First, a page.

A friend recently asked me how I start my creative process when composing for a television drama. So, I thought I’d share my approach with you here.
The beauty of coming on board as a composer for a new scripted drama is the excitement of starting with a clean slate, knowing that anything is musically possible.
The only thing holding you back is your imagination. What comes with this feeling that anything is possible is the slightly daunting prospect of where do I start.
From the outset, working on a television drama series is all about collaborating with the production team. It’s like being a small cog in a giant machine – to run smoothly every individual part needs to be aligned – I think of my role as composer being one of those cogs. The synergy created by this way of working is what makes the whole process so rewarding.
It all starts when I am sent the scripts for the first few episodes.
After I have had my initial read though, my first point of contact is usually with the producer and often the executive producer, who is responsible for hiring the heads of departments. While they may not speak in musical terms, these producers have a very clear picture of what they are trying to achieve with the script.
I love these conversations as they may not touch on anything musical at all but slowly begin to paint a picture in my head of how things could look and sound. The daunting thought of endless possibilities begins to ebb away, as slowly a musical direction for the drama beings to form in my mind.
Sometimes this starting point can be a certain track of mine that I sent to the producer, or the tone of an episode that I scored previously, or even the idea of using certain instruments in a particular way. It’s these early discussions that help to narrow the goalposts on what is possibly required for the final soundtrack.
At this stage, I am usually introduced to the first block director, either on the set (if the shoot has started) or via video call.
In a 12-part drama, the episodes are often divided among 3-6 directors. The director of the first block is tasked with the ‘vision’ for the series, setting the tone and style in these early shows for the rest of the series. So those early conversations about music are critical as they divulge their thoughts and reasons for shooting things a certain way. I remember a director on Silent Witness wanting to shoot two episodes in a hospital to give these scenes an industrial look, these small details informed me how to create a cohesive soundtrack aligned with the narrative.
As shooting gets underway, I love to send in my initial musical sketches for the edit. I would far rather have an editor temping the music with my first ideas than music from another composer’s soundtrack.
The beauty of these early pieces is that not only do they immediately create a very original soundworld but they can begin to help inform the style and feel of the subsequent films.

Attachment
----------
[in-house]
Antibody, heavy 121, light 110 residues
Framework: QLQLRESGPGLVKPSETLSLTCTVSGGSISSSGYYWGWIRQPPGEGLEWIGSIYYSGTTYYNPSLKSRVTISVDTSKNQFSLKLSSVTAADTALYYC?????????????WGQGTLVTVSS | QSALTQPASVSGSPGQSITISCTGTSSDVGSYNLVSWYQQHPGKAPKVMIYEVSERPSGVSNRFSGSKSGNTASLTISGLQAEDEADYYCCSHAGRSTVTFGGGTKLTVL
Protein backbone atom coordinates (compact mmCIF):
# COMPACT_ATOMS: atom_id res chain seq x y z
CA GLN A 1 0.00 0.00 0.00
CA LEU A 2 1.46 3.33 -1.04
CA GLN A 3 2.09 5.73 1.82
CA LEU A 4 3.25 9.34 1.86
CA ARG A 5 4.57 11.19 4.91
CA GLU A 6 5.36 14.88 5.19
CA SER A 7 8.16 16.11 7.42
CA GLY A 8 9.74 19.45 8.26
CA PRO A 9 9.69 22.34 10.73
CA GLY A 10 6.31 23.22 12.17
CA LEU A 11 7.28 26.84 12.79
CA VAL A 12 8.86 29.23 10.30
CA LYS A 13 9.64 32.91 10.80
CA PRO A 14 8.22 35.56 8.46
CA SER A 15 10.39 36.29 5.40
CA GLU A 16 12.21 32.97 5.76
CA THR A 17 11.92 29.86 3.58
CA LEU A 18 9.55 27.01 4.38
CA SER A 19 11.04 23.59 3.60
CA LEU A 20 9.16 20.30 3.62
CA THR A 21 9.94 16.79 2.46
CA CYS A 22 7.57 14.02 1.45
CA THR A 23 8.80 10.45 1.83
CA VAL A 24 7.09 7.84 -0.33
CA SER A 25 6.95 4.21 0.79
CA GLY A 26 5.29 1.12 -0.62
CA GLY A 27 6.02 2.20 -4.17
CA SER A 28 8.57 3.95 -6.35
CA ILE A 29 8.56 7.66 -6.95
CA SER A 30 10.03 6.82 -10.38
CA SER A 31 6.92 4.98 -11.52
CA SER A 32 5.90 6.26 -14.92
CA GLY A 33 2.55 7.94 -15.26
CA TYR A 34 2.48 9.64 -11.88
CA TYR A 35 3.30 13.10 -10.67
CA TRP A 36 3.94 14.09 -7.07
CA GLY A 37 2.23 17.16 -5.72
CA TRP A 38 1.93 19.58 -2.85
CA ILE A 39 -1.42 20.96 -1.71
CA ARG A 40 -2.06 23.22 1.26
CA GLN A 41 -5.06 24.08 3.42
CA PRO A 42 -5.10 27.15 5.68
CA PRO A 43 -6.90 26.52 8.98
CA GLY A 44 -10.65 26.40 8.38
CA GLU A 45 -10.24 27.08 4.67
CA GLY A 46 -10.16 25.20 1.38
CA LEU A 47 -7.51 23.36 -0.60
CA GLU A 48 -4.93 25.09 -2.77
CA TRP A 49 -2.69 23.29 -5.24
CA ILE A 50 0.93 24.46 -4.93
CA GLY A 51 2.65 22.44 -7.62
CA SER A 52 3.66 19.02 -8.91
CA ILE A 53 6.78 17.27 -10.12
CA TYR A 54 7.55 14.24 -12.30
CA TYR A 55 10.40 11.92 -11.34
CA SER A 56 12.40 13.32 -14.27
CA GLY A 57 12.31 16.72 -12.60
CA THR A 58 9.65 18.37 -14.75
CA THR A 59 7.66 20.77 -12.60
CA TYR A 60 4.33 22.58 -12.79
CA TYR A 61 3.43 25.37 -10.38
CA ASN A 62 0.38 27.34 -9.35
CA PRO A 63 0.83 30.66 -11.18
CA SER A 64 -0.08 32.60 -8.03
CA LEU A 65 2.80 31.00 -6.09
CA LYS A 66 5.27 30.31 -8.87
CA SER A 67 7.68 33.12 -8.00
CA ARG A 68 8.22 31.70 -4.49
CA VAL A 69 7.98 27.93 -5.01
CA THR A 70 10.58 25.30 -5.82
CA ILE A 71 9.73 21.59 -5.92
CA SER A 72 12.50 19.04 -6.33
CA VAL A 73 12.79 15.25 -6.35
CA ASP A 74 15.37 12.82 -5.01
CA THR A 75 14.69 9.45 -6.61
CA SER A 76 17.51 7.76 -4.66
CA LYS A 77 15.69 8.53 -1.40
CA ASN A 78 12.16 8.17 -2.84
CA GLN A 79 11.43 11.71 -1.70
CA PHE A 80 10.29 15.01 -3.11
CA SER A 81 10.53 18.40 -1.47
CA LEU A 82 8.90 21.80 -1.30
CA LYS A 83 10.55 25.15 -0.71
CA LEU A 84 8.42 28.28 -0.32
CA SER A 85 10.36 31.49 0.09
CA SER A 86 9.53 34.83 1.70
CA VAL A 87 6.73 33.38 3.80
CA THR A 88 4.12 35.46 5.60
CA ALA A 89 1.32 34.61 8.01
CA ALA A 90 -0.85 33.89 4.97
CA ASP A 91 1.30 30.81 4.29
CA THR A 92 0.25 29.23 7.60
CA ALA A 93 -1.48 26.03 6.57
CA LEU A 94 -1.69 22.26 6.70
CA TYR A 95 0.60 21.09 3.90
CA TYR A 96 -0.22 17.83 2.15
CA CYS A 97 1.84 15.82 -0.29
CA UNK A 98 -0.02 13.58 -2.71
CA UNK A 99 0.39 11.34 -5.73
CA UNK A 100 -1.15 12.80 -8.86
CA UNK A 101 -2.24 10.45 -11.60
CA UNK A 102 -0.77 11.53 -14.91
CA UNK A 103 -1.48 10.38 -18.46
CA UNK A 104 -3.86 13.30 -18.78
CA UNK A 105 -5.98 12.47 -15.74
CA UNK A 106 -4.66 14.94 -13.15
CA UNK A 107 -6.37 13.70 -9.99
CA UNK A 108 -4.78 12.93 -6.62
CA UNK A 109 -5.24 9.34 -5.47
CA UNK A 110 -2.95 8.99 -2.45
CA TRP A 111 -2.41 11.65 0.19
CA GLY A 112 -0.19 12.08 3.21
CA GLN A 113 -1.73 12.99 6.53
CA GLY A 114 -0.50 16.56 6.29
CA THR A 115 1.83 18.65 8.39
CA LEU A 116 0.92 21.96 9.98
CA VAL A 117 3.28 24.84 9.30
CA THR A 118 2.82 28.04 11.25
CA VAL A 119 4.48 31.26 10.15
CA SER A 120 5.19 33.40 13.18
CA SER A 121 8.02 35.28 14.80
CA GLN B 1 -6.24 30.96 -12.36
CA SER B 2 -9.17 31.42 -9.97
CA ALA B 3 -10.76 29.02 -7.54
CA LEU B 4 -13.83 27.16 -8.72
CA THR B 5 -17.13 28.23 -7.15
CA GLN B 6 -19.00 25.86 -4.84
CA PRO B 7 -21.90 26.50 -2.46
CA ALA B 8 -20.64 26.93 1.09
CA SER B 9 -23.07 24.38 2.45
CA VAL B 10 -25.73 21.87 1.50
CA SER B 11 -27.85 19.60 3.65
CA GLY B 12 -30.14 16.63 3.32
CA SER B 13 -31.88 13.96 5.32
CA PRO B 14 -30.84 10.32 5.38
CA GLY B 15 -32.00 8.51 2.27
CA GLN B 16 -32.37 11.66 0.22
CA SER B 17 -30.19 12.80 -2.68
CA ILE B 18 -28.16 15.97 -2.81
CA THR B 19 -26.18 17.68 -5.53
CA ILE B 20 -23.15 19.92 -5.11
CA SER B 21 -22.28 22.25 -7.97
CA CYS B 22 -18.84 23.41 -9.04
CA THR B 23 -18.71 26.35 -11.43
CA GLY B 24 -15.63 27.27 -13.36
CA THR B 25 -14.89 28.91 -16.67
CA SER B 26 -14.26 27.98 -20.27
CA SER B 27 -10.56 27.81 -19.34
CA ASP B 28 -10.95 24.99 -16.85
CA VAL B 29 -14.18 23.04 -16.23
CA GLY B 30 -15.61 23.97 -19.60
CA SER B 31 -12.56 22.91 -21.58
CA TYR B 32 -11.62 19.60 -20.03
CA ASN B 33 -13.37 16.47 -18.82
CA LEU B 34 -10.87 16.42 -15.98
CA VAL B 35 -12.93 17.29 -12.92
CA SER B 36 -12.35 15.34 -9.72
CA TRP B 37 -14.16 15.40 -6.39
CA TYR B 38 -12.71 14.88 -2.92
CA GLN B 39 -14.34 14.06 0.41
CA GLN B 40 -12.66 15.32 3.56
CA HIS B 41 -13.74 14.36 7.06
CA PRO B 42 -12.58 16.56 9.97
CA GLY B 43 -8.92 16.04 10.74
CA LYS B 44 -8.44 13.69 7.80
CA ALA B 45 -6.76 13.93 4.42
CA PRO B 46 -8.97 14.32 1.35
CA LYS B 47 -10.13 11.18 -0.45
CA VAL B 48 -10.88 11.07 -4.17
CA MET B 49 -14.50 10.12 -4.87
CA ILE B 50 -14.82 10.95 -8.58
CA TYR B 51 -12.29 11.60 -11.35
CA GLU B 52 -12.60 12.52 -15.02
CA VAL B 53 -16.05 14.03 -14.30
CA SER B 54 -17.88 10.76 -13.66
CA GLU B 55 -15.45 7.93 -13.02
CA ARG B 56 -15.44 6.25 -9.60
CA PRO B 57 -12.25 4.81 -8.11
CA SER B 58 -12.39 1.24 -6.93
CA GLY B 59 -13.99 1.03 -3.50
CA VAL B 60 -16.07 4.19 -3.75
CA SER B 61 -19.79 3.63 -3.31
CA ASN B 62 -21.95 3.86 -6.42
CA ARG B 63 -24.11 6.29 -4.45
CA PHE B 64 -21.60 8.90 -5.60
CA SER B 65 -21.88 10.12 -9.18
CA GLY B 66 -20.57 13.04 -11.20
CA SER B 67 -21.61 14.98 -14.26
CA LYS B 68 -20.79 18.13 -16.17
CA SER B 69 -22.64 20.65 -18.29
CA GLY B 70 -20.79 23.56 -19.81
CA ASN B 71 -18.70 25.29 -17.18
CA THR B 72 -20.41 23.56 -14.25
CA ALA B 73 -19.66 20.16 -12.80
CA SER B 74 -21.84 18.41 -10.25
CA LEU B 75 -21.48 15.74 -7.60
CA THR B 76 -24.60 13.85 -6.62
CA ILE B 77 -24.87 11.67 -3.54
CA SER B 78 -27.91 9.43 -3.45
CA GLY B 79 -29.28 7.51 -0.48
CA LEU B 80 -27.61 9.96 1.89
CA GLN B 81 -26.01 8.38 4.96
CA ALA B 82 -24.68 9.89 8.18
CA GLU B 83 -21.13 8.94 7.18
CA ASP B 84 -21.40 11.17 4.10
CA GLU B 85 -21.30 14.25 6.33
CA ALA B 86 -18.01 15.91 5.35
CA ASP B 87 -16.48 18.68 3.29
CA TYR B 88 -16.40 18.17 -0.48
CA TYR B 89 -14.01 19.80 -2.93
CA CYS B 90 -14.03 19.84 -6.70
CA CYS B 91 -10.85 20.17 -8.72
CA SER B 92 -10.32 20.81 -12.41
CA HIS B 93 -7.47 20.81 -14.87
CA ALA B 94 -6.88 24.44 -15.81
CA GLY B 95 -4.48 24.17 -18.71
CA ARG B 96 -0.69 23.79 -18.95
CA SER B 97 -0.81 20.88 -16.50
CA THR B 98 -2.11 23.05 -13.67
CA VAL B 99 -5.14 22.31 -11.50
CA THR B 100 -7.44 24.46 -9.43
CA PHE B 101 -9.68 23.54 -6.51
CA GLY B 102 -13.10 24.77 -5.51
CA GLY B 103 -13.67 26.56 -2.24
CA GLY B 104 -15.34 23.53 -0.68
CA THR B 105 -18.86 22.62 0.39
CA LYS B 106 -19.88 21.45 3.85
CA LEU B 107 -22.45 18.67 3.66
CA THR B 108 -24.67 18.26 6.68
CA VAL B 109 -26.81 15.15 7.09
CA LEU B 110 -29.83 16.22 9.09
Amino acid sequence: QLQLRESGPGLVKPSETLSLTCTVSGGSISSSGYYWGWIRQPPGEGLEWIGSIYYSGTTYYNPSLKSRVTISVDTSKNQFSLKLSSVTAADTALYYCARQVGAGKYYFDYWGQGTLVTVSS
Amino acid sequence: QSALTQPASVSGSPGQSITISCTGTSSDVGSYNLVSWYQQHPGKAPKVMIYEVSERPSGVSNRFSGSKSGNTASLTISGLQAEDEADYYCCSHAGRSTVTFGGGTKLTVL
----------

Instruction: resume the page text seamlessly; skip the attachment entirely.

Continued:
I always aim to have the tone and style of the music dialled in as the edit moves from assembly to fine cut. Not only is this helpful for me, but it also enables the executive producer to get a closer vision of what the director’s intentions are, rather than seeing an on-screen caption with ‘TEMP MUSIC TO BE REPLACED’ as is often the case.
Now with the film in fine cut, it is time to finesse certain cues and perhaps rewrite others. Sometimes a music editor or picture editor working with stems or various cues brings something unusual to the cut, which can provoke another avenue of musical exploration. At this fine-cut stage, there is still time to experiment and try out ideas. Sometimes a note comes down to me from the executive producers asking if ‘can the music help out here, or can the music help drive this scene?’
Once the picture lock is reached the final cut gets sent to me with the timecode and the pictures should no longer change, though this is not always the case.
Depending on the earlier involvement of the director this is when we might have a spotting session, where we both watch the entire film together stopping and starting at each point where there is music to discuss each scene. If my music is already in the cut, this makes any additional musical changes seamless. On average for a 60-minute episode, I will have two weeks to compose, record and mix the score.
It still amazes me how often my early musical ideas or slight variations on them end up in the final films. I believe this collaborative process of scoring informs me and excites me to create just the right sound for each drama.
Even though I have been composing music for TV and film for twenty years I am still learning. The craft of adding music to picture is an incredibly exciting and stimulating process and working with great directors, producers and editors to bring stories to life is my passion.